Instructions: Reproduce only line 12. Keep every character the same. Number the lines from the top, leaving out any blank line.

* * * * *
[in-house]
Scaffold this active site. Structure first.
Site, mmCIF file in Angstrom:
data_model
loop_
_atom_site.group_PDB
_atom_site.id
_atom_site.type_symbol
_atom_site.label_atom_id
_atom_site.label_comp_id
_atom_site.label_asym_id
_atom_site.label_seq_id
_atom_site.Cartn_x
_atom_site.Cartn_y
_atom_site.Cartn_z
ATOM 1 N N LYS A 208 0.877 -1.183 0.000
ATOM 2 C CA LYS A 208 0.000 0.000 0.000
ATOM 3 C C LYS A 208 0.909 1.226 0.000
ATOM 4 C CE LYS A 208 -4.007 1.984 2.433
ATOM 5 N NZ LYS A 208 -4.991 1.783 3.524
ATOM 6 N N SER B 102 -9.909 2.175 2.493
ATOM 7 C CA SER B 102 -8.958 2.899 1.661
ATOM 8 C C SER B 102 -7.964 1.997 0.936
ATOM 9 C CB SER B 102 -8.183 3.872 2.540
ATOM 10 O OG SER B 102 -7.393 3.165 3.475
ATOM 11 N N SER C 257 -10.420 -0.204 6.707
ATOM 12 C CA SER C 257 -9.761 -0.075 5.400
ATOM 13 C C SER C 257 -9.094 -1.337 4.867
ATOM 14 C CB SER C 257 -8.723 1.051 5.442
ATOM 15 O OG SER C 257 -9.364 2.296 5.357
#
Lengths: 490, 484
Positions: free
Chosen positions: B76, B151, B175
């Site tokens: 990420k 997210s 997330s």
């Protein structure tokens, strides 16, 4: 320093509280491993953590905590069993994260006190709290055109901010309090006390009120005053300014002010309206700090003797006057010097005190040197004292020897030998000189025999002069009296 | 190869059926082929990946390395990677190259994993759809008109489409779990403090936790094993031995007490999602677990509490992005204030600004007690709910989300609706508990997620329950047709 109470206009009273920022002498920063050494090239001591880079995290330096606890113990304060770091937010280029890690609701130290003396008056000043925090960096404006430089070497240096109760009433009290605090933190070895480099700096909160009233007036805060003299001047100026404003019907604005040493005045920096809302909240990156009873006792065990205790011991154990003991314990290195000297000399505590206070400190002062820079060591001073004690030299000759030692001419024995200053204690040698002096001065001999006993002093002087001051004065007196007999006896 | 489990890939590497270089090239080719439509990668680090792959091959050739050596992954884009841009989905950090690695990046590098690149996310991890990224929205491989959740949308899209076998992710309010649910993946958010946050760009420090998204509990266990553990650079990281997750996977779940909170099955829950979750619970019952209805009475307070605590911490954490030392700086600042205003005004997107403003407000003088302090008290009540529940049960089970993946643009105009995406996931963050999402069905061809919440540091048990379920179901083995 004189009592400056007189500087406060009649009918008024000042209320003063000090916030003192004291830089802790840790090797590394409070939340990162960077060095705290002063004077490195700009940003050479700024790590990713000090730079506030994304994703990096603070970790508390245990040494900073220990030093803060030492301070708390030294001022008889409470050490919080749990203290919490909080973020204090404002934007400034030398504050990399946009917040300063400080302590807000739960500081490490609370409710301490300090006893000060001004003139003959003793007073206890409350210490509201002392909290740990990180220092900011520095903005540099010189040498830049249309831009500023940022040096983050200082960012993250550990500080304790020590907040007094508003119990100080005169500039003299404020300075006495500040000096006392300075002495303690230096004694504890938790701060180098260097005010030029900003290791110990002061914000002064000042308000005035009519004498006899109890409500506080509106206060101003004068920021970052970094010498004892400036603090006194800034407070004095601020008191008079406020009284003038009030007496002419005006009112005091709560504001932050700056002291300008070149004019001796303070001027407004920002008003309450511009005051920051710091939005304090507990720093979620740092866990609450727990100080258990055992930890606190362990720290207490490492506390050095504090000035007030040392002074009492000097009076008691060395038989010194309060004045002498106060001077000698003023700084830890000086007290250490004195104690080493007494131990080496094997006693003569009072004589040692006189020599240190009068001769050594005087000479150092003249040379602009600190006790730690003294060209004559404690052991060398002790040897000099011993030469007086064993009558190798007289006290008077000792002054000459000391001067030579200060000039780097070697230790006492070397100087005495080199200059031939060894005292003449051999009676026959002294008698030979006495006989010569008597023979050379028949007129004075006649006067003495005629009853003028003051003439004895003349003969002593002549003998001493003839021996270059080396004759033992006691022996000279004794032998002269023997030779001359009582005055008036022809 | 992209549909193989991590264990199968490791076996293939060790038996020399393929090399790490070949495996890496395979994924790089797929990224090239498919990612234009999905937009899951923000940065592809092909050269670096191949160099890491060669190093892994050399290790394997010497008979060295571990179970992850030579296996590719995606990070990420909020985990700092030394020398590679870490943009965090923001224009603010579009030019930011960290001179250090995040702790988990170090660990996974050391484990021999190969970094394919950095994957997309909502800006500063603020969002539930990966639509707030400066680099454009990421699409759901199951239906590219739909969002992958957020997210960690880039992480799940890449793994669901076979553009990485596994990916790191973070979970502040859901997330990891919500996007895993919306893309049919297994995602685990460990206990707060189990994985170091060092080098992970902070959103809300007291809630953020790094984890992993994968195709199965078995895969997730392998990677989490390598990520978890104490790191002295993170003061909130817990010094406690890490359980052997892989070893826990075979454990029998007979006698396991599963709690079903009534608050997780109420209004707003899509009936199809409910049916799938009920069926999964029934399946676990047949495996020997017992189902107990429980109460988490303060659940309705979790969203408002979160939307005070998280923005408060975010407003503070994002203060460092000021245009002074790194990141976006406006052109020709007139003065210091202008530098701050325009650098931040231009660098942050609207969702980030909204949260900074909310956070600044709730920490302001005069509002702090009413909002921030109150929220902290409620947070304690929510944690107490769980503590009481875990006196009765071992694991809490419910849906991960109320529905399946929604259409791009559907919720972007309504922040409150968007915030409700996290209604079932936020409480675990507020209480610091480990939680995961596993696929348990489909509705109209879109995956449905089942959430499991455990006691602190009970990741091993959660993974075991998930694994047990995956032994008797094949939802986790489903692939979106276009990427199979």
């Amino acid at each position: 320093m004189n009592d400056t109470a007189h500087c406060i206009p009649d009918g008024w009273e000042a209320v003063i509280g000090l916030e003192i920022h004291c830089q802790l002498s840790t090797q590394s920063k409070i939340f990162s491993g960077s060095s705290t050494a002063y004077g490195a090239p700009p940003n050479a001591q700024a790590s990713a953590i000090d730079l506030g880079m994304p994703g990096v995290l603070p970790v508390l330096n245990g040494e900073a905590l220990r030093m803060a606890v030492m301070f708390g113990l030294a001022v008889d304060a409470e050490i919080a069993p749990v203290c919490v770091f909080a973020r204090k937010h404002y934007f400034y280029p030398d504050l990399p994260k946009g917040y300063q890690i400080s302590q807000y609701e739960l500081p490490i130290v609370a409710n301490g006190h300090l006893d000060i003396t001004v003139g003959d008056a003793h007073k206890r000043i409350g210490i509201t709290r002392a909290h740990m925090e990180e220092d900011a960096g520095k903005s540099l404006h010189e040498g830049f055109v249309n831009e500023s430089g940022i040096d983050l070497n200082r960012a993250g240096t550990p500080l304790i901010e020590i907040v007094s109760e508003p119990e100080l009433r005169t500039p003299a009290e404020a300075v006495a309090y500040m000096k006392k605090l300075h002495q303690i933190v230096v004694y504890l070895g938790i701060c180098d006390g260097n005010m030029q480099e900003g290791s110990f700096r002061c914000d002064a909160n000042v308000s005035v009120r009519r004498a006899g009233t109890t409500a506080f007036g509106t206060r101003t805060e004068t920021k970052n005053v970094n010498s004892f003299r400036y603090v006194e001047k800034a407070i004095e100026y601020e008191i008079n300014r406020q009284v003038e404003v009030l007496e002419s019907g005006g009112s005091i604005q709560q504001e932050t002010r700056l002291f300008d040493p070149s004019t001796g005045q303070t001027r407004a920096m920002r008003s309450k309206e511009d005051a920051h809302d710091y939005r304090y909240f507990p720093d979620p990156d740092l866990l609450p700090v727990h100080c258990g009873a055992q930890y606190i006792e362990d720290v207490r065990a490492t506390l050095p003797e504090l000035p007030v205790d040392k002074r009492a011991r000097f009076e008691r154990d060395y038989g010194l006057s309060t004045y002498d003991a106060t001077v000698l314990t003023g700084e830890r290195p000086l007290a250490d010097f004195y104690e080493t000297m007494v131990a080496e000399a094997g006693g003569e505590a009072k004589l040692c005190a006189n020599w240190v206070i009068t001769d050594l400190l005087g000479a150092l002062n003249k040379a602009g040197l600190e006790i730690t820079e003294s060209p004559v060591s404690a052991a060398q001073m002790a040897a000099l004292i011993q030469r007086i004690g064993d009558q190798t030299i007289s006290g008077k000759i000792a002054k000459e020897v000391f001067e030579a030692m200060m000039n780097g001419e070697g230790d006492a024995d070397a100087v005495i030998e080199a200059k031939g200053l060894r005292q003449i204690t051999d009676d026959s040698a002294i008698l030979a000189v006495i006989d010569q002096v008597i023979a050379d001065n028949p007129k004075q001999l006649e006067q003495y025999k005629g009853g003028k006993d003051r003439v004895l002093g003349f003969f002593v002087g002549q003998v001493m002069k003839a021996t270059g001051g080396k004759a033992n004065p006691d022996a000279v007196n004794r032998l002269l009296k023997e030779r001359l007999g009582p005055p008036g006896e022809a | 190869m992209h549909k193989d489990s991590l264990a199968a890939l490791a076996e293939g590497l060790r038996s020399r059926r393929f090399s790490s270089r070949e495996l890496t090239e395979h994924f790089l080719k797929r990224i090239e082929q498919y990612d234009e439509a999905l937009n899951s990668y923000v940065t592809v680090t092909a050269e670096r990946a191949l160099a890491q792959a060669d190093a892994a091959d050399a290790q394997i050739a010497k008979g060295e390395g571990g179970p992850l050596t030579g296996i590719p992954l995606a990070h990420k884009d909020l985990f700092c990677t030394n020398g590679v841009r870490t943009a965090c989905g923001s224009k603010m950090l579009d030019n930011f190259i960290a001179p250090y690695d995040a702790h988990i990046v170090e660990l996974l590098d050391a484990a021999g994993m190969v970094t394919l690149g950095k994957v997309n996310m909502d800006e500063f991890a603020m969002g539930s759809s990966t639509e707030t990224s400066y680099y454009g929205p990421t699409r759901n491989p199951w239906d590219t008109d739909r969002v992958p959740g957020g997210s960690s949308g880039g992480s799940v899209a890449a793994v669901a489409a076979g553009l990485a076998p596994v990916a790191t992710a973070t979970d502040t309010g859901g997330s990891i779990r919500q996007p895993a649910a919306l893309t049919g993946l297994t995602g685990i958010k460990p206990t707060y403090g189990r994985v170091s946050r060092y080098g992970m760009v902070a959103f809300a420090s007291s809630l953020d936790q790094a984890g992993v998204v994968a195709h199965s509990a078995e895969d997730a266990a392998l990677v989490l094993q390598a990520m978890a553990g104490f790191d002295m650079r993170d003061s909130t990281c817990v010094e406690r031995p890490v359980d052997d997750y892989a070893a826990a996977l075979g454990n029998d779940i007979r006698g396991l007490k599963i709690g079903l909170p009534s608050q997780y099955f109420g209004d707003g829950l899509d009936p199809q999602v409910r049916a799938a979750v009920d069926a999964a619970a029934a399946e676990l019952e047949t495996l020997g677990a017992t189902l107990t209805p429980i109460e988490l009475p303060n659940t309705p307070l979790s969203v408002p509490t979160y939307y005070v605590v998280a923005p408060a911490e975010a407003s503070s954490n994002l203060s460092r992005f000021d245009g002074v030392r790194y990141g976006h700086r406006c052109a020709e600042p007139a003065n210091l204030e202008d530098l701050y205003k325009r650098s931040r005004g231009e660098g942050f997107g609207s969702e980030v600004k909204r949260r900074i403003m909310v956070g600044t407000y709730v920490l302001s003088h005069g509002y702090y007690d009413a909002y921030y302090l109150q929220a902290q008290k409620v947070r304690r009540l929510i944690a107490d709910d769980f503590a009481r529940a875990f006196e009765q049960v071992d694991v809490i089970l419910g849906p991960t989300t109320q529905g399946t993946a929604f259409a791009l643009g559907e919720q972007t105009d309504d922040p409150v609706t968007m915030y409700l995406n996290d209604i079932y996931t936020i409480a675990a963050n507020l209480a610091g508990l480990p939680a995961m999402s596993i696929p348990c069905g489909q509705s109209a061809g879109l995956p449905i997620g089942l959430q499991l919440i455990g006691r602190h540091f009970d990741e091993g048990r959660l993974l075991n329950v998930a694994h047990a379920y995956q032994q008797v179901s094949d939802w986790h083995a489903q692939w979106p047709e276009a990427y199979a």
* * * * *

_atom_site.label_seq_id